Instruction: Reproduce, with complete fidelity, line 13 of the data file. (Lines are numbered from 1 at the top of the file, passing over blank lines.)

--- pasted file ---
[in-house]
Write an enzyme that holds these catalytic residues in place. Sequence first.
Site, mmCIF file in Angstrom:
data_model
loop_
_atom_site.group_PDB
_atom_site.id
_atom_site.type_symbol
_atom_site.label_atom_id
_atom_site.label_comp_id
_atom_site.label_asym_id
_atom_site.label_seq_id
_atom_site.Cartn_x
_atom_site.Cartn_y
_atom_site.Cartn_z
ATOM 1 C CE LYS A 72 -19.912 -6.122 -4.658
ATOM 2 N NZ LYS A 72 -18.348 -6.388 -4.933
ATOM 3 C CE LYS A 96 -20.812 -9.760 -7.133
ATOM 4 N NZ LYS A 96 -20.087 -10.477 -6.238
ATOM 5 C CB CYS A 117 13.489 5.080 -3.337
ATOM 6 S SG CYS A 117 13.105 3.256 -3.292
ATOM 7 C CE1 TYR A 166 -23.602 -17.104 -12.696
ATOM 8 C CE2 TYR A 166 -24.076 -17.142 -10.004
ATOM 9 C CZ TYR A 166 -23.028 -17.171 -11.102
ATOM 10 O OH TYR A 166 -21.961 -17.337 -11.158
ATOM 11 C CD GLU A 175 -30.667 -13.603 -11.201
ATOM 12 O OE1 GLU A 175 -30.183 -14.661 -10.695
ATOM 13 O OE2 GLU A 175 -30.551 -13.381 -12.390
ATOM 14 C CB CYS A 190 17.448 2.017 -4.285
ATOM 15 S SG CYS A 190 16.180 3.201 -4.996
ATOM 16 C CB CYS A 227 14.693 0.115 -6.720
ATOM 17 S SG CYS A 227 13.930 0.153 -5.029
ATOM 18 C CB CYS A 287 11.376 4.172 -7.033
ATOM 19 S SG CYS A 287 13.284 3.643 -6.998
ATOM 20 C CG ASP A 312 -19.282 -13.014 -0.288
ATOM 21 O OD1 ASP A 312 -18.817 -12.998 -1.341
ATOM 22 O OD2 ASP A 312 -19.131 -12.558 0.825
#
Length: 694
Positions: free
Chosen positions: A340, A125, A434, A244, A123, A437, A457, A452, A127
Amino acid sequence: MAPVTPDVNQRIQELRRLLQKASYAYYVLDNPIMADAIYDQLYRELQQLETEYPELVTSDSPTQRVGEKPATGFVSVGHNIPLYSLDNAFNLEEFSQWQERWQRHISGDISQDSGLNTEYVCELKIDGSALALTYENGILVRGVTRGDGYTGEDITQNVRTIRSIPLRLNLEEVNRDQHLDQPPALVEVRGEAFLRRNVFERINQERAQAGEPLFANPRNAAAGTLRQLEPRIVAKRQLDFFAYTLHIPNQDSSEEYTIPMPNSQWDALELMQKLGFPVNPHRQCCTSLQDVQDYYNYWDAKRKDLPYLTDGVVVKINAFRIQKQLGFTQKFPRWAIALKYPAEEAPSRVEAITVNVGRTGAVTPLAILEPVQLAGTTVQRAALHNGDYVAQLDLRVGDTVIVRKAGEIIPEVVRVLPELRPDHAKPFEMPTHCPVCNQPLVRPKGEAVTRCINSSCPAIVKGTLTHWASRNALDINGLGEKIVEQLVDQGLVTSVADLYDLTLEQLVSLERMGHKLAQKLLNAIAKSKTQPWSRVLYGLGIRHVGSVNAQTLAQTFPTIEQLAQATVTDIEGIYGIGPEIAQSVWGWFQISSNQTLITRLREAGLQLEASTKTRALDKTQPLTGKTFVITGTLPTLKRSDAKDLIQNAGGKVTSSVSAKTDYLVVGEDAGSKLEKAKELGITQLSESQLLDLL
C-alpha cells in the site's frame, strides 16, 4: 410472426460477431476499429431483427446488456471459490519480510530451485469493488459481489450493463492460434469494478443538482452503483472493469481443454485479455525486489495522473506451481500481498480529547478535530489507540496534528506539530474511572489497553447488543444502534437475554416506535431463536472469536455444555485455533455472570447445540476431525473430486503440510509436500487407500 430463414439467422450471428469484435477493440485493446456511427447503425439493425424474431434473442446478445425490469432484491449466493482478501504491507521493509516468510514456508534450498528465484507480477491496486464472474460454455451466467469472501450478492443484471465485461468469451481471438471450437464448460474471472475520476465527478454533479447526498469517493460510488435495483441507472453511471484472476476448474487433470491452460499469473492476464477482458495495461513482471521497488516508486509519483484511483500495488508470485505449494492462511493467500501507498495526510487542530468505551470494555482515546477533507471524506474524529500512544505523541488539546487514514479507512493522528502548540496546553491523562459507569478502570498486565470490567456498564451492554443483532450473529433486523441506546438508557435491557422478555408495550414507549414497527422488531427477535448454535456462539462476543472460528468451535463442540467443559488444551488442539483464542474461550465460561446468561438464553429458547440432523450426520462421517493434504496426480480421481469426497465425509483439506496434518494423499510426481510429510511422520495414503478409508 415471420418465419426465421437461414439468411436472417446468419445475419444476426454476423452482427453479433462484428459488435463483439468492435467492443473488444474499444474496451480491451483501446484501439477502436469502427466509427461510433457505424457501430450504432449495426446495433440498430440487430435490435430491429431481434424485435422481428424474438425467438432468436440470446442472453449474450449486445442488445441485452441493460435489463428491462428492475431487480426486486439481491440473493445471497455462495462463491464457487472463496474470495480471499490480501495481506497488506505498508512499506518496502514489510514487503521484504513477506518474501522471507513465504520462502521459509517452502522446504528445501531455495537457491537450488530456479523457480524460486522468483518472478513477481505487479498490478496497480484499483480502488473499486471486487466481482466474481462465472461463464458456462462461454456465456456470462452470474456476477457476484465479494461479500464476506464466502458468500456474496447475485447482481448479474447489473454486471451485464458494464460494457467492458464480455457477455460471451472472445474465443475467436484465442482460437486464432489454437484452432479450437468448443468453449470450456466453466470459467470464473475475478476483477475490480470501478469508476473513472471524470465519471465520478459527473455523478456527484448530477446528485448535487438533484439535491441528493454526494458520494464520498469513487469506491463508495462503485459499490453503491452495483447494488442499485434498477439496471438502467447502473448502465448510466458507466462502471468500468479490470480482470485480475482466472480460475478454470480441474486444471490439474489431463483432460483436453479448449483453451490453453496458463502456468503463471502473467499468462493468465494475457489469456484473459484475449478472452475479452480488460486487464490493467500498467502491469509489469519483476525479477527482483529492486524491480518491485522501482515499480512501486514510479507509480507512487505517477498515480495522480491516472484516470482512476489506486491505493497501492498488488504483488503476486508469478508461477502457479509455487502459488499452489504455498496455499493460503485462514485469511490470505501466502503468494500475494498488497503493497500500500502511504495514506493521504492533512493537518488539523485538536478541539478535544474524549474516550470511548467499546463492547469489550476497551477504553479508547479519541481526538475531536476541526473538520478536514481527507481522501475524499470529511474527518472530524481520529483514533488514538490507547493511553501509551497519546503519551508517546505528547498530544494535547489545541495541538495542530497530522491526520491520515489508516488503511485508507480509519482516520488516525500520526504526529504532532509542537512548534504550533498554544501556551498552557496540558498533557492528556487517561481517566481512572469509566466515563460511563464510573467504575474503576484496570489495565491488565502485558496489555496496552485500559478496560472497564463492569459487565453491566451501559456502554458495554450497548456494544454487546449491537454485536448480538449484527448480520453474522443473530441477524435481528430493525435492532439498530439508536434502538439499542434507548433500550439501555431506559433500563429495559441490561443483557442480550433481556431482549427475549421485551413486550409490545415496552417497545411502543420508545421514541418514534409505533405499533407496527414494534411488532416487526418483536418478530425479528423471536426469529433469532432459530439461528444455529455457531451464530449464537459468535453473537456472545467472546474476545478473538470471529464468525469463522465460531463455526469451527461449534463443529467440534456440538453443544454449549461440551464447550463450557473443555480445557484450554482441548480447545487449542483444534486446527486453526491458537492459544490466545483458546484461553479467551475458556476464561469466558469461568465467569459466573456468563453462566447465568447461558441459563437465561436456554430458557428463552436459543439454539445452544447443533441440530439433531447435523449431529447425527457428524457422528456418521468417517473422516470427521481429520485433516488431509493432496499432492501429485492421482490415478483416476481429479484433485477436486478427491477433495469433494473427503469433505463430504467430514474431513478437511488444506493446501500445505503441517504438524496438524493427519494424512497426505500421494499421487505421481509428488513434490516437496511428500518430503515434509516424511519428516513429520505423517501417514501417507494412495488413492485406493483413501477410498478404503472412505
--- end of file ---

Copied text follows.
_atom_site.Cartn_x